This week's Sunday Scribblings prompt is "The Monster..." This got me thinking about movie monsters, which quickly got me to my favourite monster movie, Alien.
Sunday Scribblings #22
My Favourite Monster Movie
I love to be scared but only by things that cannot really happen. The more other-wordly and impossible the creatures, the more delightful my fear. This makes me a big fan of the horror genre in movies. Not horrors like Saw or The Hostel or, most appallingly, Last House on the Left. No. Those things could really happen. There are some sick serial killers out there. Thanks to The Hostel, it is not inconceivable to me that people might pay money to torture and kill other human beings. And Last House on the Left depicts some monstrous human beings doing monstrous and unspeakable things to two teenage girls. So harrowing is the first half of the movie that the scenes of the parents’ revenge could not redeem the film for me. No, I adore movies like Alien (and Aliens), A Nightmare on Elm Street, Poltergeist, The Ring, The Grudge or, most recently, though the comparison to Alien is spurious, The Descent. These movies involve alien creatures, razor-fingered killers who come alive in our dreams, ghosts, and strange cave humanoids. I am not a huge fan of the demonic possession theme, but Rosemary’s Baby and The Exorcist still raise the hairs on the back of my neck.
Among horror films in general, Ridley Scott’s Alien (1979) remains my gold standard. If a credible critic compares a movie to Alien, I’m there. Usually, I am disappointed. Here are ten features of Alien that make it so wonderfully special, so deliciously frightening:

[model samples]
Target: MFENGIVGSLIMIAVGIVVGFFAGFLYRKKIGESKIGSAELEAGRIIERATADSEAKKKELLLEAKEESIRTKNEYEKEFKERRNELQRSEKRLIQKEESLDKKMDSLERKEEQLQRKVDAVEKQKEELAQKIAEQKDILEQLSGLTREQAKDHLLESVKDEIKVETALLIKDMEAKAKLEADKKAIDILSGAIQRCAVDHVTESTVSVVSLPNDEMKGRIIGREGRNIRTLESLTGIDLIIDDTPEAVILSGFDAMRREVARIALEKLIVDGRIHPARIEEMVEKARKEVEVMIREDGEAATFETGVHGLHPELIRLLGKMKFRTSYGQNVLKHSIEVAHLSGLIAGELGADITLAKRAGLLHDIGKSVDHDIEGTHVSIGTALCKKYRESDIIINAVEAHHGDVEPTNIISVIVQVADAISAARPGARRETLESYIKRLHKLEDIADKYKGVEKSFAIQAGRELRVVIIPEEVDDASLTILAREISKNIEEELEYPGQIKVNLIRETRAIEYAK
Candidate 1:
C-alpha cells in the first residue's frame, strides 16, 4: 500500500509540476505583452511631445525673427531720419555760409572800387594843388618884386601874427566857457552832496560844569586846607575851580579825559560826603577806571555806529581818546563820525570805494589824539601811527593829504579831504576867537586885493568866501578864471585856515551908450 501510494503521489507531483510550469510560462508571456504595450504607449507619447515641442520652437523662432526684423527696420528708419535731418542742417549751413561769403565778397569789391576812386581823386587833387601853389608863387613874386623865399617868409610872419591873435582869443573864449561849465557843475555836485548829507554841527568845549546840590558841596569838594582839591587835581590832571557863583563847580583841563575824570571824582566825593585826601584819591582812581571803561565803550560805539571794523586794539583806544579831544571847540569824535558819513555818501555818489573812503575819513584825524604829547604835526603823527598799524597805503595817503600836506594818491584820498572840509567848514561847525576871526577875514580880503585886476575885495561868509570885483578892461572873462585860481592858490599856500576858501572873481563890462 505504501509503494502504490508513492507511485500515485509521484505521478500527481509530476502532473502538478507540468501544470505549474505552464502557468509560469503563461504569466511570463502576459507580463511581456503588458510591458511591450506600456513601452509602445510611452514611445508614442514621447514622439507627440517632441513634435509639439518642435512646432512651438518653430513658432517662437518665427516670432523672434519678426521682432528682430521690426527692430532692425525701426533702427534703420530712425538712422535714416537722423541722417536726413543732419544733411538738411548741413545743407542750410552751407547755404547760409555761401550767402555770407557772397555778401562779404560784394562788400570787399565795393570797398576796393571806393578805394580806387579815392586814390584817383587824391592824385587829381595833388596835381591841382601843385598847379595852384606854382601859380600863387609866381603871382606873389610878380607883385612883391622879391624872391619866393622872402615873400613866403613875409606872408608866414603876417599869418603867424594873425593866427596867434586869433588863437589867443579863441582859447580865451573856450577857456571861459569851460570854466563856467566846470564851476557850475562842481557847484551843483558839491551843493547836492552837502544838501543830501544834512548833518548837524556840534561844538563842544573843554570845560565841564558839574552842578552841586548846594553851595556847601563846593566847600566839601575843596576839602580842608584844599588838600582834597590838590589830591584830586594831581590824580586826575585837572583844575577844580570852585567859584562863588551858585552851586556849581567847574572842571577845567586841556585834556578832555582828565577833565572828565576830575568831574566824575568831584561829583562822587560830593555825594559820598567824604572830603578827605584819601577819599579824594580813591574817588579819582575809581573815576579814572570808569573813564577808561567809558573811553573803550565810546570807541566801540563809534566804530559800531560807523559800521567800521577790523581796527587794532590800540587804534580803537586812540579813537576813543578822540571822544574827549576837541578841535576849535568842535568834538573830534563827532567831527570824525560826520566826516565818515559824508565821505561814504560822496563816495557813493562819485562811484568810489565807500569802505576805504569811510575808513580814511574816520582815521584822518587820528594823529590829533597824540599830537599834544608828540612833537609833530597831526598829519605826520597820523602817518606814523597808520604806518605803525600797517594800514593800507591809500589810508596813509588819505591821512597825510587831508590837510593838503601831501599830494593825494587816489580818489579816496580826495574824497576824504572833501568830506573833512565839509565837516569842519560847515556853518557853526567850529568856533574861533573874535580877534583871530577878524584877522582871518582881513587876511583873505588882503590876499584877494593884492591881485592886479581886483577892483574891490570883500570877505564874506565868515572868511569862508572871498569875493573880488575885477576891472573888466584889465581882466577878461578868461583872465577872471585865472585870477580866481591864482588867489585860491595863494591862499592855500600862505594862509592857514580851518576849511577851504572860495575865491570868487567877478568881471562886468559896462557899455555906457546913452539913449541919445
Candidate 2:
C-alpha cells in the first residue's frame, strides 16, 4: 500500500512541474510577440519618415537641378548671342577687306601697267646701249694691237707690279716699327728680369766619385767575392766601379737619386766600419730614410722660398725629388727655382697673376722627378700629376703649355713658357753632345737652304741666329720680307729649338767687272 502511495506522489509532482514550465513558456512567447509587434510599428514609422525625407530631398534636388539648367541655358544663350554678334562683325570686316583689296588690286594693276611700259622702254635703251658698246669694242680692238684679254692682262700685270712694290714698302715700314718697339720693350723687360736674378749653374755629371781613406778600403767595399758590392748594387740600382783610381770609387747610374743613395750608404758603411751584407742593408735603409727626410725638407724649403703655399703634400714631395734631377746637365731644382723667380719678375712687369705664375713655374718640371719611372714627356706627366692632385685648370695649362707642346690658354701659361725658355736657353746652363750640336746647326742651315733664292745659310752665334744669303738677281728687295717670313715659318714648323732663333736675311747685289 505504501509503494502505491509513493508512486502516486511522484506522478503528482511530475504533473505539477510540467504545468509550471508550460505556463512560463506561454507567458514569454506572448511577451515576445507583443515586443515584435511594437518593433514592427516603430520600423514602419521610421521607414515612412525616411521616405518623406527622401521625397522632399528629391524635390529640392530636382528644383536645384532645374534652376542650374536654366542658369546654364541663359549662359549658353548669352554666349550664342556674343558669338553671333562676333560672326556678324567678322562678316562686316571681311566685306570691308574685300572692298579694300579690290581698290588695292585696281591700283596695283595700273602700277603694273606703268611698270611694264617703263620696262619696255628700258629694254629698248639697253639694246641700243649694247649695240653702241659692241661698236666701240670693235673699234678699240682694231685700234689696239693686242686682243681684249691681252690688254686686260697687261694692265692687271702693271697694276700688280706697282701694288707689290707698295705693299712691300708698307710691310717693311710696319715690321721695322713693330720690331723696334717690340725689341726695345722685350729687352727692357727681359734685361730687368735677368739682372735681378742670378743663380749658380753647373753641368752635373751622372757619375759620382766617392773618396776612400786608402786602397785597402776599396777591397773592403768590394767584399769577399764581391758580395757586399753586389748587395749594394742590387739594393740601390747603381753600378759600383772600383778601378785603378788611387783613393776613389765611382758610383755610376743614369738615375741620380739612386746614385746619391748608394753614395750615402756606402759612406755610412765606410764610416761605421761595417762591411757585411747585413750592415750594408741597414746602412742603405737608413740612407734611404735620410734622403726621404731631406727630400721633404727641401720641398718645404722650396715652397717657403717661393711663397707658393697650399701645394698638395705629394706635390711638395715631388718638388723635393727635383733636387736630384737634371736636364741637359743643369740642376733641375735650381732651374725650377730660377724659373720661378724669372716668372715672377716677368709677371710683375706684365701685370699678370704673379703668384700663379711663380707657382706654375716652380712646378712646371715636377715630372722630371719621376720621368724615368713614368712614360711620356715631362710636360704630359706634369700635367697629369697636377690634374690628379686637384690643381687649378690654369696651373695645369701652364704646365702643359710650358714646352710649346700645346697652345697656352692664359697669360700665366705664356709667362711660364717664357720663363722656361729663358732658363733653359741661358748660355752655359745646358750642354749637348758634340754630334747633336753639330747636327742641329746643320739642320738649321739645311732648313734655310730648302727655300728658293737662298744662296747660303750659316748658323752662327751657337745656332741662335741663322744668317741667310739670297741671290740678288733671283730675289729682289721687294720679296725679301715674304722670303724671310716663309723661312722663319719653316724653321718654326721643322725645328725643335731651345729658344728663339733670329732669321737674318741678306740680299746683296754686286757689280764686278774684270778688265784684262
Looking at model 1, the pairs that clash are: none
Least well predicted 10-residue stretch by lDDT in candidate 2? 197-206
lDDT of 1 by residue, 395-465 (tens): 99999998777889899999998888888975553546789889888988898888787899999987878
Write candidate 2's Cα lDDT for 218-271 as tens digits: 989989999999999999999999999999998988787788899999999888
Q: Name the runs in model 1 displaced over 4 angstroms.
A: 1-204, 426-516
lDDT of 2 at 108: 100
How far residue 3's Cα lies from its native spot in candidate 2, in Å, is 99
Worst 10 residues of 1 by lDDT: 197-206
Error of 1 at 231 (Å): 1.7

1. Ripley, the hero, played by the then relatively unknown Sigourney Weaver, is female. At the time, that was a welcome and unexpected change.
2.The action is set on a space ship in the far reaches of the universe. There will be no help.
3. We never really get a good look at the alien. We, the viewers, never have more knowledge than the crew, so we get to share their terror. All we/they know that the thing has acid for blood, a telescopic set of very sharp teeth, it sheds, and it is growing rapidly. Whoever said, “the monster you don’t know is scarier than the monster you do know” was bang on. Not knowing exactly what we’re dealing ratchets up the tension, making it almost unbearable.
4. The scene where the alien lurches out of Kane’s chest. A classic.
5. Jonesy, the cat. The cat has a couple of key dramatic moments. Of course, there is the “whew, it’s just the cat” moment, brief though it is. And, just when you think Ripley is home free, “where’s the cat?” She has to go find Jonesy, racing against the unstoppable countdown.
6. Several mini-shockers a long the way—the truth about Ash, for one—but none seem cheap.
7. Brilliant pacing. It starts off slowly, and the pace of the action builds almost undetectably until Ripley is racing through the ship to find the cat and bring it back to the escape pod before the ship self-destructs.
8. The alien isn’t the only villain. Ash and, ultimately, Mother, both stand in Ripley’s way.
9. Even after multiple viewings, it still gets the heart rate way way up.
10. An outer space encounter with an alien is far enough from the realm of possibility that we can sit back, completely suspend belief, and allow the movie to scare the living daylights out of us!